A Community Devoted to the Preservation and Practice of Celestial Navigation and Other Methods of Traditional Wayfinding
From: Frank Reed
Date: 2015 Aug 29, 12:56 -0700
Bruce Pennino, you wrote:
"And I'm hoping to stand on a Cape Cod dune and take sextant sights at Hs angles less than 10 degrees. My height of eye will be over 100 ft. Wondering about accuracy......gotta be a lunatic?"
As with your low altitude Sun sights, you can expect very good accuracy even for altitudes as low as 1.5°. Below that there's always the risk of unusual refraction. Of course if you don't have an accurate value for height of eye, you might want to grab a few star sights, too, and treat dip as an unknown to be solved for from the sights.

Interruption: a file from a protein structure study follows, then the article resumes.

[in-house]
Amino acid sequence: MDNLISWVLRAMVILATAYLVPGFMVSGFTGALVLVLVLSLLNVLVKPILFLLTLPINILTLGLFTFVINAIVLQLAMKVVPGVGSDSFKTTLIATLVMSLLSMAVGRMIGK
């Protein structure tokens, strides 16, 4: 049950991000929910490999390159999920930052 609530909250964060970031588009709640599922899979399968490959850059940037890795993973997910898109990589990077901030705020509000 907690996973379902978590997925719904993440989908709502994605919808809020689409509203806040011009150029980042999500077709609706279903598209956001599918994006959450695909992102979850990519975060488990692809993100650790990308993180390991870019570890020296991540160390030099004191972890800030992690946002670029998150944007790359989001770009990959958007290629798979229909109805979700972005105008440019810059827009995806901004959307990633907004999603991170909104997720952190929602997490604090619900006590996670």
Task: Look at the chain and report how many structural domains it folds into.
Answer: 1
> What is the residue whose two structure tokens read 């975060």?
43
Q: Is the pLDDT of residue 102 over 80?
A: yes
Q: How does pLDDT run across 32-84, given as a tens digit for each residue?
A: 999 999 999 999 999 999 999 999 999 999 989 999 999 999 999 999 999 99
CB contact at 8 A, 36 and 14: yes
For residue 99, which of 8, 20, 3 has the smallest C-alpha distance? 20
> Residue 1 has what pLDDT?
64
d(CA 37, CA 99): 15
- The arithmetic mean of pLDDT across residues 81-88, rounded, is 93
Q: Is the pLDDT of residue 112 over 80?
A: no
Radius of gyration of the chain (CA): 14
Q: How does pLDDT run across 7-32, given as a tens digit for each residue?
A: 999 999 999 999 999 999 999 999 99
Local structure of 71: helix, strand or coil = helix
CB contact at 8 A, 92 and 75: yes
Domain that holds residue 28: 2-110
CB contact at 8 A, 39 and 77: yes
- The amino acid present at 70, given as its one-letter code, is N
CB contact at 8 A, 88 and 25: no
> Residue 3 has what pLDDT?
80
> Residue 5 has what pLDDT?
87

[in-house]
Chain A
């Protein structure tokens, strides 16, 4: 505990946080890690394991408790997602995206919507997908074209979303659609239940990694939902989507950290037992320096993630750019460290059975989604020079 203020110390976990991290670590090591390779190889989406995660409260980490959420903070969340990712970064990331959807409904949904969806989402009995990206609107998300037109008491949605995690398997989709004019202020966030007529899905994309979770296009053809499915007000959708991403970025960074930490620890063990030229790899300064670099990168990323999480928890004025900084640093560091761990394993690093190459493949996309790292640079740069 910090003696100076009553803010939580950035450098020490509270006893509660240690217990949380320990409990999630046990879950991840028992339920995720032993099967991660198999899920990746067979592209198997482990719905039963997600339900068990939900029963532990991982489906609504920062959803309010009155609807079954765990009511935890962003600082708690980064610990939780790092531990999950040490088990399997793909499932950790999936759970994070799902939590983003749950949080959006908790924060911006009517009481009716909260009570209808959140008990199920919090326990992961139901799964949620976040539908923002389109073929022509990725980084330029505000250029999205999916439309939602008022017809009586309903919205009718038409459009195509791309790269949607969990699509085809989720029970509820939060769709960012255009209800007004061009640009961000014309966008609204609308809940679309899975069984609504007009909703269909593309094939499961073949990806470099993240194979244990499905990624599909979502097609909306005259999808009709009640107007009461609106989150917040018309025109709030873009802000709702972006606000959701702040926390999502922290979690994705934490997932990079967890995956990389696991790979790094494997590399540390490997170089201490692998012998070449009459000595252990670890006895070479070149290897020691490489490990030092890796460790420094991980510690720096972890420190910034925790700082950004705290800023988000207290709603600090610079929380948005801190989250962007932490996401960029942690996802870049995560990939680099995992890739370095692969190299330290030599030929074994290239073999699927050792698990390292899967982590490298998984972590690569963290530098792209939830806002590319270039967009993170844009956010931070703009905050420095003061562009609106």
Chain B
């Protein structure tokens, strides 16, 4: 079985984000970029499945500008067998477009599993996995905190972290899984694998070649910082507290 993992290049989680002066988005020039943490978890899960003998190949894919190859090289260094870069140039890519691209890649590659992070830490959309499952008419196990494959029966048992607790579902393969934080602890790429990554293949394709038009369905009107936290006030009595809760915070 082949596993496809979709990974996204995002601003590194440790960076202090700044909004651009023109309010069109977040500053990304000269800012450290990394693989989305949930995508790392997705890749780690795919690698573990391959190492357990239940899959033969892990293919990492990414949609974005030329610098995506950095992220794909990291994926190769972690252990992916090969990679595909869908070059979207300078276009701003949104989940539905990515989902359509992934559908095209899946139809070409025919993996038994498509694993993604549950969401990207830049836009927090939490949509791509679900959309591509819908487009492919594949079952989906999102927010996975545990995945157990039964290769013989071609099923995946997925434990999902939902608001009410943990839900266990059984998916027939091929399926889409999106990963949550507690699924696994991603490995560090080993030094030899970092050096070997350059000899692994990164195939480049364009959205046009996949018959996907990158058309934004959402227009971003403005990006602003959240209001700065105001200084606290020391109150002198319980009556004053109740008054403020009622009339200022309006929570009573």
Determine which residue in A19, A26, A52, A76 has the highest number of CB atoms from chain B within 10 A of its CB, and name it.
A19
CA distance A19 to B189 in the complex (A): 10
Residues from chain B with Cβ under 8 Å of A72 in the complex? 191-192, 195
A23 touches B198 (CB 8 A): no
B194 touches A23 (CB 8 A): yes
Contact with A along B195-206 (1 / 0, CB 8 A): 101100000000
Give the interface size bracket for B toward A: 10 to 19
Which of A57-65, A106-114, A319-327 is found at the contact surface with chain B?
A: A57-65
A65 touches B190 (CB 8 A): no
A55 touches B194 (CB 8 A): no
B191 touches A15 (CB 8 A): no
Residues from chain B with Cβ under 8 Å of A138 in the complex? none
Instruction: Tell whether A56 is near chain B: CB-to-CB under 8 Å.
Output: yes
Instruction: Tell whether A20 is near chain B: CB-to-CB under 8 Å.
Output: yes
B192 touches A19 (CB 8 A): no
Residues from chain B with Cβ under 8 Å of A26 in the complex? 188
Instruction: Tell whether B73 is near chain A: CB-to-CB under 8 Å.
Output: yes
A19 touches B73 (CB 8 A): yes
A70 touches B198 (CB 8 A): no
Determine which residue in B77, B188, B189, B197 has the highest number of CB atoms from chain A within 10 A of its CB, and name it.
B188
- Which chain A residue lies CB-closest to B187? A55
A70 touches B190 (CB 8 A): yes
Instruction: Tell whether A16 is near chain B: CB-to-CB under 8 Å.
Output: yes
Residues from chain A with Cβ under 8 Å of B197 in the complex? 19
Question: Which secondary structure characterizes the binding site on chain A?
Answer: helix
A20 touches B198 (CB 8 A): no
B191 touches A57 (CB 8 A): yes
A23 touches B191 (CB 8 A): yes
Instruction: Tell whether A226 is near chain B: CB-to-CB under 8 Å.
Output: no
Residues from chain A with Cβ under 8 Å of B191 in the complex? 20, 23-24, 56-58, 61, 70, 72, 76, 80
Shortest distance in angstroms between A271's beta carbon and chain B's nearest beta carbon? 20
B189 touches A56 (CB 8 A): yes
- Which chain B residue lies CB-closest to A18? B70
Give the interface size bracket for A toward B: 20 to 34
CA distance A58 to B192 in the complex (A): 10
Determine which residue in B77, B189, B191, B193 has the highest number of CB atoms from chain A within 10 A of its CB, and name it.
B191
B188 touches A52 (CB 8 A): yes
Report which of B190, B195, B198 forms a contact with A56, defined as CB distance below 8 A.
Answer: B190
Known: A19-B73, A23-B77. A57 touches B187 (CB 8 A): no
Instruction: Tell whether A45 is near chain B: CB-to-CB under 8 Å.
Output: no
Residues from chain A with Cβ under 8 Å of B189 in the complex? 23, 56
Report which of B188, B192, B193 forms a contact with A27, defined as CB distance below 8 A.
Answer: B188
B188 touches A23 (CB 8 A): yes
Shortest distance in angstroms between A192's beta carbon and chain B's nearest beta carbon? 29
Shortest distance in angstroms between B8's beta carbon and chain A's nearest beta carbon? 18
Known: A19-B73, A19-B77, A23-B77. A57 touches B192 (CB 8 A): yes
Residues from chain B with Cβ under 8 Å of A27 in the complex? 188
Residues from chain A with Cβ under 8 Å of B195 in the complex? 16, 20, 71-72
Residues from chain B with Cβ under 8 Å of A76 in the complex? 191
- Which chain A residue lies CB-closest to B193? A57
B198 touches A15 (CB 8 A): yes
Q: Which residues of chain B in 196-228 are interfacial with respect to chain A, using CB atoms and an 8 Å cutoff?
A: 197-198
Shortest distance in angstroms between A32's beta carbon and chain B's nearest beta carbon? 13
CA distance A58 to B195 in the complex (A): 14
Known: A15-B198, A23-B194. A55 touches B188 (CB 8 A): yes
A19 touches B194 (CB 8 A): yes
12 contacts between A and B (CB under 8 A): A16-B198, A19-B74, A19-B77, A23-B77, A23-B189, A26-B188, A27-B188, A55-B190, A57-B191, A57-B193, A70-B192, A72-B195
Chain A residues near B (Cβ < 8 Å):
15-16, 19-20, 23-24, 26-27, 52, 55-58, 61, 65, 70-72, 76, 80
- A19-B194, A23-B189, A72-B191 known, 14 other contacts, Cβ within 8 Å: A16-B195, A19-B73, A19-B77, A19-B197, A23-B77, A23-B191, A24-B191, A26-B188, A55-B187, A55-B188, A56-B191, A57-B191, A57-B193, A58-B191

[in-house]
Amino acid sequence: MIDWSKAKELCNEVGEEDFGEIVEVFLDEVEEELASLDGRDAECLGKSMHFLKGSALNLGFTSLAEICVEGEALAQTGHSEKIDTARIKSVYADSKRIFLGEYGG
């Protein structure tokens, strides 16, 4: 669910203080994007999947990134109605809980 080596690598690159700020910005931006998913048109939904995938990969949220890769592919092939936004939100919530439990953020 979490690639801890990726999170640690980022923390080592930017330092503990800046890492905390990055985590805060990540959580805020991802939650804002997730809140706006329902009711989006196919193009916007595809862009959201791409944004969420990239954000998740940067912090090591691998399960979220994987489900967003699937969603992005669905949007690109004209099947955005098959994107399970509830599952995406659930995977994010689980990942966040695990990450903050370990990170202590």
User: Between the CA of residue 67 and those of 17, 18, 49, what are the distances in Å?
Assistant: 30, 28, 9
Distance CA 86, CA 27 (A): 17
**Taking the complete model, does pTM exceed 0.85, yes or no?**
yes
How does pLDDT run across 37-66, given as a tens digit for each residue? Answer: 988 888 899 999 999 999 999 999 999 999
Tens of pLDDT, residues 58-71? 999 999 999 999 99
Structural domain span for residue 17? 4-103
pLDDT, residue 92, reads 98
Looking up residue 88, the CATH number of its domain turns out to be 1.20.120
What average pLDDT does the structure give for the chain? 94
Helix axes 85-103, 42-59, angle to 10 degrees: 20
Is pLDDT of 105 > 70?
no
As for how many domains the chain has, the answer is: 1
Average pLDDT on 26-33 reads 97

For some real fun, you could even solve for GMT as an unknown! Shoot altitudes of Altair, the Moon, and Deneb, timed with a watch that's set to some wrong time. Then work the sights by trial and error for some difference between GMT and watch time until they are all consistent (a simple case of longitude by lunar altitudes).
One potential "gotcha" with the Moon in late twilight: if the "glare" of the Moon on the ocean below the Moon is just right (just wrong!), it can create the impression of a false horizon. That bright "road of light" leading across the water to the Moon will sometimes terminate early and in late twilight it can be easy to assume that the end of the "road" is the actual horizon.
Other than that, as long as you read and use the Moon altitude correction tables correctly, there's no special difficulty.
Conanicut Island USA